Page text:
MDH plans to seek federal funding for the mesothelioma study from the National Institute for Occupational Safety and Health (NIOSH) and other sources. Once funding is obtained, the study is expected to take three years to complete, at a cost ranging from $750,000 to $1 million.

The mineral fragment study is expected to take about a year once the animal study data becomes available from EPA, at an estimated cost of $250,000.

The proposed study of mesothelioma in mine workers will expand and build on the 2003 study, which was the first to ever conclusively document the occurrence of mesothelioma in Minnesota mine workers.

The earlier study looked at the work histories of the 17 miners with mesothelioma, in an effort to determine what might have exposed them to asbestos. While MDH investigators were conservative about drawing conclusions from the 2003 study, they suggested that the 17 original mesothelioma cases were most likely caused by exposure to “commercial” asbestos.

Commercial asbestos includes a variety of products and materials that have commonly been used in industrial settings, but are not unique to mining operations – including materials used in plumbing, carpentry, boiler operation, and maintenance work.

The new study would differ from the earlier one in two important ways. First, it would focus on possible past exposure of workers to taconite dust, as well as potential exposure to commercial asbestos. Second, it would use a case-control strategy to compare the work experience of people who developed mesothelioma and those who did not.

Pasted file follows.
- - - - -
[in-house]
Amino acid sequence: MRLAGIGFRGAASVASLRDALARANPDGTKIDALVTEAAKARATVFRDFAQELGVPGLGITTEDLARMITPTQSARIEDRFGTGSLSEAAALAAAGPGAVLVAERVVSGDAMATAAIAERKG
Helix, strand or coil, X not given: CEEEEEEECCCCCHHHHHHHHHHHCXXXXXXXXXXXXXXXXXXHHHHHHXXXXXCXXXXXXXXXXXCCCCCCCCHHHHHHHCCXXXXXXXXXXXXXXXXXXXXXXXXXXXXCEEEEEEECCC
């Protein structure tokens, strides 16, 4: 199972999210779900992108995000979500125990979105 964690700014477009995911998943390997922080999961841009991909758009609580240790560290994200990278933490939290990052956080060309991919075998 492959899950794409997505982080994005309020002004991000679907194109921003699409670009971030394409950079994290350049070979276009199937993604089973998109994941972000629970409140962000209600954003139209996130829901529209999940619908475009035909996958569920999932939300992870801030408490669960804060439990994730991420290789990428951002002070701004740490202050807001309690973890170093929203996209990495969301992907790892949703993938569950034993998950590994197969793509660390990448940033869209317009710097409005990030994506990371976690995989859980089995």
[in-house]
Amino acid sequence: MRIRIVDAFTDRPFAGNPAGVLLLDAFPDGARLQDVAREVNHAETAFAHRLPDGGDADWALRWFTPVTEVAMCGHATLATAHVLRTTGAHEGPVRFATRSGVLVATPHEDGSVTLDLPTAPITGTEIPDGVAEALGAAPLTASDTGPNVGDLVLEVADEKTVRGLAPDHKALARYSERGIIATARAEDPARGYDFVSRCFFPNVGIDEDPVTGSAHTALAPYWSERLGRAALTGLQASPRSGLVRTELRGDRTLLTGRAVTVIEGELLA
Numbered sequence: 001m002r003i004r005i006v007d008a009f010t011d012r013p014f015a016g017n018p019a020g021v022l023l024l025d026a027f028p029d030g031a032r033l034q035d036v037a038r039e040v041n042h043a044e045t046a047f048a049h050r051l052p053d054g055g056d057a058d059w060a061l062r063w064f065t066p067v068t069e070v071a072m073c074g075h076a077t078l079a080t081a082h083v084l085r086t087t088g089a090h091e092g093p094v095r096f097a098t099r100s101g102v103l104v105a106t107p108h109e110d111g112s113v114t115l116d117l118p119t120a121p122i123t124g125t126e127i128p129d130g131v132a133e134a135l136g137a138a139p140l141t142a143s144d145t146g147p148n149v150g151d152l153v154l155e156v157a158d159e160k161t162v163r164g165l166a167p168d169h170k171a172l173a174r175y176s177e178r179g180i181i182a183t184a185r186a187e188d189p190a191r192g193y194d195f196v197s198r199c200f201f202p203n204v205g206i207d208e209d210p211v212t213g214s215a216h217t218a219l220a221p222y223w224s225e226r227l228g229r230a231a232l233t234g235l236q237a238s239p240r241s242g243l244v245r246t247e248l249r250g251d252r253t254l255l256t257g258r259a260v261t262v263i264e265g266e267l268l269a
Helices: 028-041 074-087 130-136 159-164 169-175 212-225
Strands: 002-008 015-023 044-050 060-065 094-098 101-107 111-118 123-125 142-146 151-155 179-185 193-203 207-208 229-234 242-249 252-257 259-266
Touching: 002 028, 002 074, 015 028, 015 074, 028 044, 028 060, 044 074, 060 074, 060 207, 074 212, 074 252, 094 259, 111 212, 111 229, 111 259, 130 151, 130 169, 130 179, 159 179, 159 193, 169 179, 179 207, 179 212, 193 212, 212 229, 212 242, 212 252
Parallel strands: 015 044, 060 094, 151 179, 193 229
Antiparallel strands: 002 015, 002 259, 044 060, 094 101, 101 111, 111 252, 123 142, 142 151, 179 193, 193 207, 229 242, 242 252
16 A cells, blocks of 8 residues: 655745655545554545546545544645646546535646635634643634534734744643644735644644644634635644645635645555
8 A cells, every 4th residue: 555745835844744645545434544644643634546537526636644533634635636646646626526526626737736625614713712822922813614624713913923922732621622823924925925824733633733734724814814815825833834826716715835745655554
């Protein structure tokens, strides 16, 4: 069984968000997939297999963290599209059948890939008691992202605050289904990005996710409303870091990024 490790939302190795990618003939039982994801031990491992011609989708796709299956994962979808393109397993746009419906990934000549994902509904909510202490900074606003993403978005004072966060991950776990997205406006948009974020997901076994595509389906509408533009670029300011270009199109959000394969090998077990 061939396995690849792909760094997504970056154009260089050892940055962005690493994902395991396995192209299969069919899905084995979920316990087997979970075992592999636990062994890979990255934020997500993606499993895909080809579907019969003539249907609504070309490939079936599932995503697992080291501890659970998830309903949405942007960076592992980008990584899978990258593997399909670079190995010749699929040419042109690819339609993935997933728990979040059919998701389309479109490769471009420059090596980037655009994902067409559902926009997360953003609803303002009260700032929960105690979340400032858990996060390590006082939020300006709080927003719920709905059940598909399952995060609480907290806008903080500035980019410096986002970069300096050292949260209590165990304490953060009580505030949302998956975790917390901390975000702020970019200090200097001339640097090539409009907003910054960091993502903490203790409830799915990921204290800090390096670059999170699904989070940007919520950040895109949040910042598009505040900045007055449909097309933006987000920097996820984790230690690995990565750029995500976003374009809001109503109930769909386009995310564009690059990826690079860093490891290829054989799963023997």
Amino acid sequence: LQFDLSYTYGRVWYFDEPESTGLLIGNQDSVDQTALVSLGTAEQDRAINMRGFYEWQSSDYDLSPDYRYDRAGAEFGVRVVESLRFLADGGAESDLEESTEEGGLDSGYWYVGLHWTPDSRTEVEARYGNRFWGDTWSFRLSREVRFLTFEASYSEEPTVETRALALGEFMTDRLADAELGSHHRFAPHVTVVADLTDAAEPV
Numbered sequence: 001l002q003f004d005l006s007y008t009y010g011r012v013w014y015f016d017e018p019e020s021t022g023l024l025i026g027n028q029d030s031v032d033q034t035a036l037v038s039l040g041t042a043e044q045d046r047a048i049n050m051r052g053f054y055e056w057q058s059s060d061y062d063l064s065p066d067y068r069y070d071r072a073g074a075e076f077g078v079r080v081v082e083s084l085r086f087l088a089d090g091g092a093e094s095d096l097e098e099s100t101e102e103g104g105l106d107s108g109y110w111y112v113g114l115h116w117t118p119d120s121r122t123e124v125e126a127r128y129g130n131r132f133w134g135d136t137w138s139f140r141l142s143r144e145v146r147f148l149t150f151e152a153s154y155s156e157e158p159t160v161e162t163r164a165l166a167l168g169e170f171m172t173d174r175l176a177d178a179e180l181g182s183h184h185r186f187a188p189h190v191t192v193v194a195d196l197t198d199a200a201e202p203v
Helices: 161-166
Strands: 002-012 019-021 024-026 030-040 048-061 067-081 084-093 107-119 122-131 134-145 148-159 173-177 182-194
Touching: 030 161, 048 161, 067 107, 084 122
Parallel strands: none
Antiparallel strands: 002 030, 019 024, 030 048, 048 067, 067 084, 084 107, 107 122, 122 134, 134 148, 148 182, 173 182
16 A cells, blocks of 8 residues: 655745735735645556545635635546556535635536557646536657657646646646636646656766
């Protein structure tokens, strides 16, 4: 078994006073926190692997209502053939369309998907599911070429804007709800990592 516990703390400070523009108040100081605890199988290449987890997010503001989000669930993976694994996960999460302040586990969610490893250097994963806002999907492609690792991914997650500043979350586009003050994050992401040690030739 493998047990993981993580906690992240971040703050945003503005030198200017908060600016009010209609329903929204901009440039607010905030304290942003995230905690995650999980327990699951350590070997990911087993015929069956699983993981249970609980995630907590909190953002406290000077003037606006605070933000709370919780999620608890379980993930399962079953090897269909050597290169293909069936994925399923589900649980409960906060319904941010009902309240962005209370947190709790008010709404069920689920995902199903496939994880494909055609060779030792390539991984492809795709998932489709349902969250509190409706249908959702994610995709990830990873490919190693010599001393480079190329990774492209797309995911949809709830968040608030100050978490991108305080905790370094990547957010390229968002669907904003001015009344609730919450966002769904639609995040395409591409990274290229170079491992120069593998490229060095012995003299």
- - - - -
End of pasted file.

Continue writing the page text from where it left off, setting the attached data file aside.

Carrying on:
The relationship between respiratory disease and mining work has been a continuing concern in northeastern Minnesota, where unusually high rates of mesothelioma have been reported among male residents in the general population since the late 1980s. Between 1988 and 2005, 136 cases of mesothelioma were diagnosed in men who live in that part of the state – more than twice the expected number.

Some of the elevation in men can be explained by the fact that over 5,000 people once worked at an asbestos ceiling tile factory in Cloquet. However, officials say that doesn’t account for all of the additional cases. It’s not clear how many of the 136 cases have occurred in men who were among the 72,000 mine workers included in the 2003 study. The new study will attempt to clarify that connection.

There has been no elevation in mesothelioma rates among women who live in that region of the state.

Source: MDH

Cancer Incidence Rates in Northeastern Minnesota with an Emphasis on Mesothelioma - PDF
The Minnesota Department of Health first documented the rates of mesothelioma and other cancers in Northeastern Minnesota in a 1997 report, Cancer Rates and Trends in Northeastern Minnesota, 1997. This analysis, using data from 1988-1994, showed that overall cancer rates in Northeastern Minnesota were virtually identical to statewide rates. For several specific types of cancer, some differences were observed, typical of almost all such geographic comparisons of cancer rates. However, a large and significant elevation was found for mesothelioma – a rare cancer that typically occurs several decades after exposure to asbestos. These findings were confirmed in a 1999 analysis that included two additional years of cancer data (see Cancer Incidence Rates in Northeastern Minnesota, 1999). Between 1988 and 1996, 54 cases of mesothelioma were diagnosed among men in northeastern Minnesota. This was 73% higher than the expected number of cases (31) based on the statewide average and the population of the region. Mesothelioma rates were not elevated among women (3 cases, 8 expected).